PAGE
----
Fuel costs continue to push people towards electric vehicles. At the same time, the appetite for hybrids is cooling. This week, Abbotsford approved a new contract for the supply of 33 new fully-electric pickup trucks and 5 hybrid trucks for work crews. The decision is linked to a key reason more people are turning to electric vehicles: even factoring in a higher purchase price, each fully electric truck is expected to save the city about $22,000 over its lifetime compared to a similar gasoline truck. Hybrids, meanwhile, will cost slightly more than gasoline trucks due to maintenance costs, though they will reduce the city’s emissions as well as the amount of carbon tax it must pay.

Still, challenges remain. Abbotsford Coun. Patricia Ross, a proponent of the need for more support for electric vehicles, says it can be difficult to find unused charging stations away from home.

"That’s our biggest challenge," she said. "Electric vehicles have taken off [quicker] than people expected and the charging network hasn’t caught up with all the people on the road."

—By Tyler Olsen

The Floor Is Yours: Will your next vehicle be electric?
Need to Know
🔎 Stó:lō chiefs say research is already underway into the sites of the Fraser Valley’s residential schools. [Mission Record]

🟠  A Stó:lō Elder spoke about the lasting effects of residential schools [Chilliwack Progress]

🚨 The body of a missing Chilliwack woman has been found. [Global]

🚓 A man has been charged in connection to a marijuana grow-op home invasion in Abbotsford [Abbotsford News]

🏫 Harrison Hot Springs Elementary officials apologized for asking kids to switch out of orange shirts for a performance of O Canada [Agassiz-Harrison Observer]

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Prominent downtown Abbotsford intersections will get makeovers in coming years. 📸  City of Abbotsford (click image for a larger version)
The Agenda
New guidelines are being developed for how the urban landscape of Abbotsford’s historic downtown will evolve. The new streetscape standards will outline how new items like benches, bike amenities, street trees, signs, and lights will look in the coming years. A city committee recently got a first look at the proposed new guidelines. They include designs for bike racks, bike storage lockers, waste bins, and street trees. You can see more online.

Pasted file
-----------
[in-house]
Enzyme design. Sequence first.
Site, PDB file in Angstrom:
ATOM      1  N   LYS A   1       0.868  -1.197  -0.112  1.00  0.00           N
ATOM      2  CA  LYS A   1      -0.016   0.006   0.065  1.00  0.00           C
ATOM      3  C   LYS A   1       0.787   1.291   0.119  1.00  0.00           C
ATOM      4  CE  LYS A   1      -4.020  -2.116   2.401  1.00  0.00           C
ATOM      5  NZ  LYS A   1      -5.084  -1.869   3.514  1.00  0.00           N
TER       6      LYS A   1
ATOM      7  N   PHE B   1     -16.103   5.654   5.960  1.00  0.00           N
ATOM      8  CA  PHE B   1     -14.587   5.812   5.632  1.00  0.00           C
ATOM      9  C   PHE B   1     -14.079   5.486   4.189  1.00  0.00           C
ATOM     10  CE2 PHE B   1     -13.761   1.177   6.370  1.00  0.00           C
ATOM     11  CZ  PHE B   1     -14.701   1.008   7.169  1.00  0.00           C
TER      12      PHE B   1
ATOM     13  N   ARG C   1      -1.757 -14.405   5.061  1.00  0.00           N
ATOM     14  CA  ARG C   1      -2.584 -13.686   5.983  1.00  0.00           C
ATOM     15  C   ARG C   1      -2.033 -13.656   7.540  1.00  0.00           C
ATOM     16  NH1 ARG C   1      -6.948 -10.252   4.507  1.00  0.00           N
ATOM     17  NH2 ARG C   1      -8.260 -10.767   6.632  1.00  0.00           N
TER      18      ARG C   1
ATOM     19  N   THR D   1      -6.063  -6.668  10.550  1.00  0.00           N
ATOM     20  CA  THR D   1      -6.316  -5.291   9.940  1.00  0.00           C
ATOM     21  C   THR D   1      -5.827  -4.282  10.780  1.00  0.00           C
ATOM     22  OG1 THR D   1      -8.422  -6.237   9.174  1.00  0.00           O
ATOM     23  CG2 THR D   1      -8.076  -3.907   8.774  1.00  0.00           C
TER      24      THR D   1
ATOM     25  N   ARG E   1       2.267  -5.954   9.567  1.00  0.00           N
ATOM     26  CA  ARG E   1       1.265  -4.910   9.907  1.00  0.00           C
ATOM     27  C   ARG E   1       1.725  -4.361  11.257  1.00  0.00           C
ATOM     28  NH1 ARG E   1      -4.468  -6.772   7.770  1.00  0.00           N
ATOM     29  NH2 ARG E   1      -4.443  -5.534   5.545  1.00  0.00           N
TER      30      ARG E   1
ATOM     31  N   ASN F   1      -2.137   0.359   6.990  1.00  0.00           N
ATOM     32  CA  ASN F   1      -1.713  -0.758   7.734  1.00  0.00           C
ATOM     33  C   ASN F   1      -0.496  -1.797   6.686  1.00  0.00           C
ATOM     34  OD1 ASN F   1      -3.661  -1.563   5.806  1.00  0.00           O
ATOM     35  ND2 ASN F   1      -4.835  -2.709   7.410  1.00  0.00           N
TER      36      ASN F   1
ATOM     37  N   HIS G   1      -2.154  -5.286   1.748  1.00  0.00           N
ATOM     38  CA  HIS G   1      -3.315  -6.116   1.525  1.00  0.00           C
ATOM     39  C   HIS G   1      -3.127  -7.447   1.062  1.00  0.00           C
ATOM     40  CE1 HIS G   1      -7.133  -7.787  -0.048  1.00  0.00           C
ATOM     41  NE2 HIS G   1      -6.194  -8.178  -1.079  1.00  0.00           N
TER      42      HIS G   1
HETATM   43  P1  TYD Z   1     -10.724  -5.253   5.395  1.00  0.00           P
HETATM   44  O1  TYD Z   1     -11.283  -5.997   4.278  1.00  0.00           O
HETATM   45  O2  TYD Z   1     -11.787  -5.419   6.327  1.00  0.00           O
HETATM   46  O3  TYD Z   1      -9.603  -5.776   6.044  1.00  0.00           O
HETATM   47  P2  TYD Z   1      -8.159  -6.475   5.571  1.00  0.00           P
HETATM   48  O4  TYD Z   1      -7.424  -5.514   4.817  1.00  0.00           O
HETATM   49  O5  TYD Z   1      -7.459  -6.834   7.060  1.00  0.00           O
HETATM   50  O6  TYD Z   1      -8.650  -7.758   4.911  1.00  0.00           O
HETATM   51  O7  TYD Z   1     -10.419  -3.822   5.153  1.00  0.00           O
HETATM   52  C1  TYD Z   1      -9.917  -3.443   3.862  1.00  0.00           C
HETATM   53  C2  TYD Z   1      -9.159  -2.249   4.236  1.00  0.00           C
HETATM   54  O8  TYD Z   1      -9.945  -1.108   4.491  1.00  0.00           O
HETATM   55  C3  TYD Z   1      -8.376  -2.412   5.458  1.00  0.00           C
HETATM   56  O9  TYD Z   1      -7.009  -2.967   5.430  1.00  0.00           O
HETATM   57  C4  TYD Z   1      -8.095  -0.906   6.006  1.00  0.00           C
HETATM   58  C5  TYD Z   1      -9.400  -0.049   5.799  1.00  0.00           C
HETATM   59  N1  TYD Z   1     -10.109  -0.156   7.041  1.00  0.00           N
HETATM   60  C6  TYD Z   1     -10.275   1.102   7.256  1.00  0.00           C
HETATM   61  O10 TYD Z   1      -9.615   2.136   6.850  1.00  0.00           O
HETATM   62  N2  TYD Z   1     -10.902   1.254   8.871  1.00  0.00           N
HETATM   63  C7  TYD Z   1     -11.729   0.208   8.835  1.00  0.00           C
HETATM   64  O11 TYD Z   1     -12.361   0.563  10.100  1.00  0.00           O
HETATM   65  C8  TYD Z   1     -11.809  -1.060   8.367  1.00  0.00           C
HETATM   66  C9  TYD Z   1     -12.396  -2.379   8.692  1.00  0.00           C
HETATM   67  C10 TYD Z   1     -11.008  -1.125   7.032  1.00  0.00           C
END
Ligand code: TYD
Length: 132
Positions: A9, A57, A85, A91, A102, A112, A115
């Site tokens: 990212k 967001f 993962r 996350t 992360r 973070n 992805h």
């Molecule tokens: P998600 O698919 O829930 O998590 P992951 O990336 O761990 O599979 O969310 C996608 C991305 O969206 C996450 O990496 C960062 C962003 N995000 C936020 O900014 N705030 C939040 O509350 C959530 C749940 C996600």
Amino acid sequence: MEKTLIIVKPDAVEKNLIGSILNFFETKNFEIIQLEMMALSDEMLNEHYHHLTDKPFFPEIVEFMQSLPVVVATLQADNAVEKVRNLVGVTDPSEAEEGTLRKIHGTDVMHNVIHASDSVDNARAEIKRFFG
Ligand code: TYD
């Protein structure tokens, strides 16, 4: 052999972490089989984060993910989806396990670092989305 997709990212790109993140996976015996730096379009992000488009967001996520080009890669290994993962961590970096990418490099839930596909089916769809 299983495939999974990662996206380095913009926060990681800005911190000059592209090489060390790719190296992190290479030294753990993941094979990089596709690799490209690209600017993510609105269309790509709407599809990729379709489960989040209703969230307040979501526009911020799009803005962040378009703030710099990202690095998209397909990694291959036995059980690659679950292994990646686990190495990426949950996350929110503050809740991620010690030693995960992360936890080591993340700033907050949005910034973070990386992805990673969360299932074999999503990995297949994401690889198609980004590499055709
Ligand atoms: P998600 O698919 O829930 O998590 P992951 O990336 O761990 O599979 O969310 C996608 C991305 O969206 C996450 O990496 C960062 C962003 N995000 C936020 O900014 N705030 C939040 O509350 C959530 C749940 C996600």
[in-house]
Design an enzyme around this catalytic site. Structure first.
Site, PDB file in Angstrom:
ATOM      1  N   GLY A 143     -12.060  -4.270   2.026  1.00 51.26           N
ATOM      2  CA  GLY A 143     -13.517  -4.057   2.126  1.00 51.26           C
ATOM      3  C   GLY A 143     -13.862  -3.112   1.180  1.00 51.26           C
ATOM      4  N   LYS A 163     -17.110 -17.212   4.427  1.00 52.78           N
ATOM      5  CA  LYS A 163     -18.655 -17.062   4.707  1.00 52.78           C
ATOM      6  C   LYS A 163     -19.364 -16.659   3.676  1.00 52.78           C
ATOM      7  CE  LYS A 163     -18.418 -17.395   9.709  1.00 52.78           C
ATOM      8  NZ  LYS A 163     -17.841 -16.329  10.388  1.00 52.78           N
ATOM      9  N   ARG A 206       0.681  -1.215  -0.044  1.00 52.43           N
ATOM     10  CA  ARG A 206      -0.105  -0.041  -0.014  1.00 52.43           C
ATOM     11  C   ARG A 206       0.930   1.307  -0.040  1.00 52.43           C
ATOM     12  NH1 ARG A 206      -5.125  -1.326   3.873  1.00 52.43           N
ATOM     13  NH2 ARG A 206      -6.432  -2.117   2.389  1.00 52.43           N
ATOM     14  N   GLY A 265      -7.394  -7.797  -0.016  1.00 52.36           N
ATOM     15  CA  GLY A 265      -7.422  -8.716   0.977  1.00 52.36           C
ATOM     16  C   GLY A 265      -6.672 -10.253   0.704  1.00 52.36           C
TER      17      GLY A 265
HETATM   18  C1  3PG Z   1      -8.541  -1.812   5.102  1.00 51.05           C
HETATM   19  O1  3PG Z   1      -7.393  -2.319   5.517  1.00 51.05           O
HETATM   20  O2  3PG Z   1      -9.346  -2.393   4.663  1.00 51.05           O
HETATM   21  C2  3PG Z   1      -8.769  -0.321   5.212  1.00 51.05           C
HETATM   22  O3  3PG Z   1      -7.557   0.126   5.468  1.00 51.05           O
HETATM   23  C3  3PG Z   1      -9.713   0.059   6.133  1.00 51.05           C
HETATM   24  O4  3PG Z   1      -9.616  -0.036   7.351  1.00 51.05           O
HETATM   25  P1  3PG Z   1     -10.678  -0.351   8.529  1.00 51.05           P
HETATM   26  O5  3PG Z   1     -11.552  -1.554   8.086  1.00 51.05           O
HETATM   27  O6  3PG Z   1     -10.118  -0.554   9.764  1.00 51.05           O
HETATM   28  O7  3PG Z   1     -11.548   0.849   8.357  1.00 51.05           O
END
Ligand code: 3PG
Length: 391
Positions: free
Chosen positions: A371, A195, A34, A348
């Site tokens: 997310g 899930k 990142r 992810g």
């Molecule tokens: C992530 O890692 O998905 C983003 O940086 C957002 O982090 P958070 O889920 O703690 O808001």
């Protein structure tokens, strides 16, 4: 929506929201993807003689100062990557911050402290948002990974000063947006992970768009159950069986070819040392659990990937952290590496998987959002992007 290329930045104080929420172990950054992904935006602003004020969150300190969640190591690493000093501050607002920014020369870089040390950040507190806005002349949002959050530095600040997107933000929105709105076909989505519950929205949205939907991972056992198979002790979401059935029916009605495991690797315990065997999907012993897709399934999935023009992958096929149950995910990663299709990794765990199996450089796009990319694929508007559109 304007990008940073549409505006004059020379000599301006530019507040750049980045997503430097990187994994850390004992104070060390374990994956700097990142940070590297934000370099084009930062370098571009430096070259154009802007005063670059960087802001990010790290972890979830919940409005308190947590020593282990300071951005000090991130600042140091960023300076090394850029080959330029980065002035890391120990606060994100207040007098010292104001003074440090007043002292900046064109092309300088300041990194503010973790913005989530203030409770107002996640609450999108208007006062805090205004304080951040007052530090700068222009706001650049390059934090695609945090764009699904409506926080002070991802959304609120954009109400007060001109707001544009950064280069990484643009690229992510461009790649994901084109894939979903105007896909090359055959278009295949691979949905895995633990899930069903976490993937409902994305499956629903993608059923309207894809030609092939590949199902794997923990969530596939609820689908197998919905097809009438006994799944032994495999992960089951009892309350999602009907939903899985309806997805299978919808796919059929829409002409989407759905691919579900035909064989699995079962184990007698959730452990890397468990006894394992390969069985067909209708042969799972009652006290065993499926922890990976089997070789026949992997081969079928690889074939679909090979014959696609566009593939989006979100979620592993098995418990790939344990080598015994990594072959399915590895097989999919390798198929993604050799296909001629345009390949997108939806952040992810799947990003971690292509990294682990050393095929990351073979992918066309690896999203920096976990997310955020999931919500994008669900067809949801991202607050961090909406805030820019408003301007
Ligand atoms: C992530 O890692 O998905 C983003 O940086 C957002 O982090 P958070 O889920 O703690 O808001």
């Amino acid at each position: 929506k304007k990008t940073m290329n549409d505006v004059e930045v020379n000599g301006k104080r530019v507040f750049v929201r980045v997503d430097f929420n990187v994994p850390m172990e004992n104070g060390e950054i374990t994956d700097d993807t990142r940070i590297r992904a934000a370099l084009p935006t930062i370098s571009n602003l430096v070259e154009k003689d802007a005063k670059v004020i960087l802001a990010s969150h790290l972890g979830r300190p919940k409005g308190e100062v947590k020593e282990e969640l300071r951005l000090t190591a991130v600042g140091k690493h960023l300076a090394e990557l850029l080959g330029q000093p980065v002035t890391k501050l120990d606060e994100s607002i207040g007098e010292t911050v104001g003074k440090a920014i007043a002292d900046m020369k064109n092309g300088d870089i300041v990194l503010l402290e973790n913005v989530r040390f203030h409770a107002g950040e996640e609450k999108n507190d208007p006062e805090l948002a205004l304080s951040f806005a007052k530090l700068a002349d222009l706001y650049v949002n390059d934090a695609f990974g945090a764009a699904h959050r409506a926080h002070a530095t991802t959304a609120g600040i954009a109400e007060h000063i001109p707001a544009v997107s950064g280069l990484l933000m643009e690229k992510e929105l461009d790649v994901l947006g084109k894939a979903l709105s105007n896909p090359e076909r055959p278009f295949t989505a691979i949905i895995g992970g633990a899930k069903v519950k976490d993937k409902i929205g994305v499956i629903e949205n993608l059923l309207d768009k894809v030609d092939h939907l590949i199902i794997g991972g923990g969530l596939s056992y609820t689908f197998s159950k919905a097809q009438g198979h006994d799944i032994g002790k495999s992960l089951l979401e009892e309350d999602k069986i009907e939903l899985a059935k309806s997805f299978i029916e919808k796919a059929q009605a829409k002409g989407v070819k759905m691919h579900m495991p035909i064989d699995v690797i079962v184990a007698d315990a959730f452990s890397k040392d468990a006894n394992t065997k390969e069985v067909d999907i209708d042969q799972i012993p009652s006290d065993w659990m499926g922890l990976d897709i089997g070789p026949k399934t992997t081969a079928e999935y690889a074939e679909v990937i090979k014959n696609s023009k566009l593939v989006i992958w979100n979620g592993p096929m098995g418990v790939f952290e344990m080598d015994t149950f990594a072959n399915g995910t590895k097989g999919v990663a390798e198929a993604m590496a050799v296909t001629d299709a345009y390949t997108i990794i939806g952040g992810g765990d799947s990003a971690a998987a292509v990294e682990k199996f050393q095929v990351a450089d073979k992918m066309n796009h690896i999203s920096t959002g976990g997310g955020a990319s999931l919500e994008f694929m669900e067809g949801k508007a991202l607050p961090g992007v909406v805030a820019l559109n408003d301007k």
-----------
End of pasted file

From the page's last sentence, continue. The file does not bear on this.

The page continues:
The City of Chilliwack will now be allowing bike rental businesses to operate along the Vedder Greenway. Previously, only food trucks were allowed to operate on city land. Other vendors could only set up shop during special events like farmers' markets or sporting events. Now, bike rentals will be allowed in parks and parking lots as well. The businesses will need to have a vending agreement with the city, and they will only be allowed to rent pedal bikes. No electric bikes (or other kinds of motorized bikes) will be allowed.
COVID latest
The 89 new cases in Fraser Health announced yesterday was the lowest figure since mid-October. But, it’s also a reminder that despite the good news, dozens of people in the region are diagnosed with the virus every day. Those who received AstraZeneca shots will also soon be getting contacted about their second dose. The aim is for most people to get their shot about 8 weeks after their initial dose, no matter the specific vaccine. [BCCDC COVID data]

Fraser Health

  • New cases: 89 / 126 average (down 34% from last week)
  • No active outbreaks at hospitals / 2 active outbreaks in long-term care
  • School exposures: Abbotsford: 12 / Chilliwack: 5 / Langley: 6 / Mission: 2 / Fraser Cascade: 0
  • No recent workplace closures

  • New cases: 199 / 229 average (down 31% from last week)
  • 224 hospitalizations (down 22% from last week)
  • 2 new deaths / 1,709 total
Around Town
🛶 Heritage Abbotsford Society is launching its newest exhibit, The River People and the Land: Living with S’ólh Téméxw, on June 13.

Chilliwack is fundraising for helmets so kids in need can use them at the pump track. Lightly-used or new helmets are being accepted at The Book Man and Ken’s Tire and Wheel, while cash donations are accepted online.